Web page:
The recreational side, each Province in Canada is responsible for recreational distribution. Most of them, I think nine out of the 10 major Provinces all elected to be the wholesaler of cannabis and some of them elected to also be the retailer of cannabis and each Province is difference so, we really have a patchwork of different models throughout Canada and what we’ve really seen is the theme that we’ve heard from the Provinces, who are strapped for inventory, so much so that the Quebec Government, who is actually running their own retail stores, have closed their retails stores Monday through Wednesday because there’s not enough product.

New Brunswick is a similar situation. Alberta stopped issuing new retail licenses and Alberta – it is private distribution, even though the government sees the need that they have to receive the product before distributing it to the retail. So, it’s really been a Patrick and most of those Provinces have not done a very good job of their retail rollout, whether it’s private or government run.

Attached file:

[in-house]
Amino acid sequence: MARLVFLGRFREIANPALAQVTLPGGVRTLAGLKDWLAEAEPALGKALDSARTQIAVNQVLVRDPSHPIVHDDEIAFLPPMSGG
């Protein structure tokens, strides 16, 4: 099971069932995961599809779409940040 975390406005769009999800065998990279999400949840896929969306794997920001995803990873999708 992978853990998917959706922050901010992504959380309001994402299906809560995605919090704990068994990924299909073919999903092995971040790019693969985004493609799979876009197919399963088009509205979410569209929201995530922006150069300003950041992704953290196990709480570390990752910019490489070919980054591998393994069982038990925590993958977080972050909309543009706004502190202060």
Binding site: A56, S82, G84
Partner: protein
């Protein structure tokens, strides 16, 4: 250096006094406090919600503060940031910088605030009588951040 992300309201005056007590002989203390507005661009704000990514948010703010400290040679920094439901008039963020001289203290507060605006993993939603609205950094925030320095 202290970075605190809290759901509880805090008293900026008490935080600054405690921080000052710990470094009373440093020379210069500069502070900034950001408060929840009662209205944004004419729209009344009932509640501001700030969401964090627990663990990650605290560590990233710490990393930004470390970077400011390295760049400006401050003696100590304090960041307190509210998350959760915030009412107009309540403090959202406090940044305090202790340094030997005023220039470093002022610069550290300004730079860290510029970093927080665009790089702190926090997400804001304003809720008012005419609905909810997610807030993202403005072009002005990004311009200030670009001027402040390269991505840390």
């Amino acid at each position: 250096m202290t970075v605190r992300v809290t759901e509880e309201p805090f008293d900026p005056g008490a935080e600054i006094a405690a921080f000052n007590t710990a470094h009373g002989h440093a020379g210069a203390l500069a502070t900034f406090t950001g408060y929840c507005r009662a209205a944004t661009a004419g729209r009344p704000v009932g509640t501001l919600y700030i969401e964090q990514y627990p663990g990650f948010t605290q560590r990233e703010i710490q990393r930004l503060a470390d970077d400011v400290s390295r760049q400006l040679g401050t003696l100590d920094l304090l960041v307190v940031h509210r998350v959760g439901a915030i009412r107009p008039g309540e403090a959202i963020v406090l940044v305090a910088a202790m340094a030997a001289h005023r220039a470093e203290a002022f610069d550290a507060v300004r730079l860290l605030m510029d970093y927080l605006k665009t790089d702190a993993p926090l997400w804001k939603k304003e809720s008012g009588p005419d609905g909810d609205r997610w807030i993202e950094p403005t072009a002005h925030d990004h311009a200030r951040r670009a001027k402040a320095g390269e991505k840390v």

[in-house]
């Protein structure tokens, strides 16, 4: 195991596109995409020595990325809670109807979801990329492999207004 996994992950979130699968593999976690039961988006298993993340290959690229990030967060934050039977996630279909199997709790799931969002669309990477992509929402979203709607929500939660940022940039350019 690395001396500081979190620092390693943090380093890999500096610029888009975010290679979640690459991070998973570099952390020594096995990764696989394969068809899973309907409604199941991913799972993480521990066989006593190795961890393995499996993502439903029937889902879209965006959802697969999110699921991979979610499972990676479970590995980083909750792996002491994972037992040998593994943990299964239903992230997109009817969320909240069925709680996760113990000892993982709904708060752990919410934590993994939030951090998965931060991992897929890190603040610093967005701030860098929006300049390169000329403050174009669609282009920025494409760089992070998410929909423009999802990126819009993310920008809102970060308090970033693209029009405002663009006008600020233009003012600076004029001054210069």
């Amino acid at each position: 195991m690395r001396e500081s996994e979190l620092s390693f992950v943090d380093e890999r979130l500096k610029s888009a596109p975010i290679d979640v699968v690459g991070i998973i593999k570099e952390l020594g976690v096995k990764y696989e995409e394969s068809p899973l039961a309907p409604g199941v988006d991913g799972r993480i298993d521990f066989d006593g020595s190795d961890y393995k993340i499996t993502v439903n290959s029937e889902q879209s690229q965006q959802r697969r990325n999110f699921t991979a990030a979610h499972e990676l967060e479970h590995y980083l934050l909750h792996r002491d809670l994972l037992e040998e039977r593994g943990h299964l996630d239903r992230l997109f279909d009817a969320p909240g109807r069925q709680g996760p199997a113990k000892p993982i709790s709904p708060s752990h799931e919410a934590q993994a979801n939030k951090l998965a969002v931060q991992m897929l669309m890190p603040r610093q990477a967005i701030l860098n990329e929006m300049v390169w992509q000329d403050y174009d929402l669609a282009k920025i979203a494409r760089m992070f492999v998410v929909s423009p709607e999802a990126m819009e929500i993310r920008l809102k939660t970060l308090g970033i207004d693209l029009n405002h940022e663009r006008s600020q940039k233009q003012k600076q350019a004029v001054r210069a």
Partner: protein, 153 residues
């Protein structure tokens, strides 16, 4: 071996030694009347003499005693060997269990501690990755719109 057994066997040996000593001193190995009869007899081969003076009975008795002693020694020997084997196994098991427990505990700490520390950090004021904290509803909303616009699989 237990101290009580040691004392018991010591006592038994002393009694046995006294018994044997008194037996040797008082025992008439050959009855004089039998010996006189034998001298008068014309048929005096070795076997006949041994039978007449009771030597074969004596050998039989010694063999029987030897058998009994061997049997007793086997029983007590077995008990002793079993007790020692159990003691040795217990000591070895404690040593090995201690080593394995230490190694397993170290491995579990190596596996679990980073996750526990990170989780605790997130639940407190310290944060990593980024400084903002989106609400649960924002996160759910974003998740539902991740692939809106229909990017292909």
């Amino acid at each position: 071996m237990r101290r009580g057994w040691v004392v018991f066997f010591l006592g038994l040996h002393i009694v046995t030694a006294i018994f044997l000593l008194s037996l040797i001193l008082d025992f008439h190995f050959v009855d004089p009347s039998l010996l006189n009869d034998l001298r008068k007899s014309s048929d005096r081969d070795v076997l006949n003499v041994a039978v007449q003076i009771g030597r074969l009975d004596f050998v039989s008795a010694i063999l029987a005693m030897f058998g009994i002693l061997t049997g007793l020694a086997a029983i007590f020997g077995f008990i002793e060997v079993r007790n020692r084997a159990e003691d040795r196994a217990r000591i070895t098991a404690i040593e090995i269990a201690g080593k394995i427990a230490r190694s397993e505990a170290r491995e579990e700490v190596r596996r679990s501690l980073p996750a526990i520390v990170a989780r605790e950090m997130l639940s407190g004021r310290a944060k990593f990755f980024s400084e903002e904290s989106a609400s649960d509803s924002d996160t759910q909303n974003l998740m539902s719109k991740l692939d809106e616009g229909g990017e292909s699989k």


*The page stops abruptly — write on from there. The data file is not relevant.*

That’s just what I was about to ask. Of the two main-models, neither one is looking particularly good right now?

Yeah, and that’s where some of the finger pointing comes in. A lot of the Provinces said the LPs over promised and under delivered and there is a lot of over promising going on. The term ‘funded capacity’ was bandied about greatly in the industry because of the stock price.

Just to be clear, when you say, ‘the LPs.’ These are the producers, the Licensed Producers whose names investors have come to know, like cannabis growth in Africa?

Yeah, they’re cultivators. They’re primary cultivators but yes, the LPs are the ones that are producing, cultivating, and then shipping the product whether it is medical or whether it is adult rec. Same growers feeding two different streams.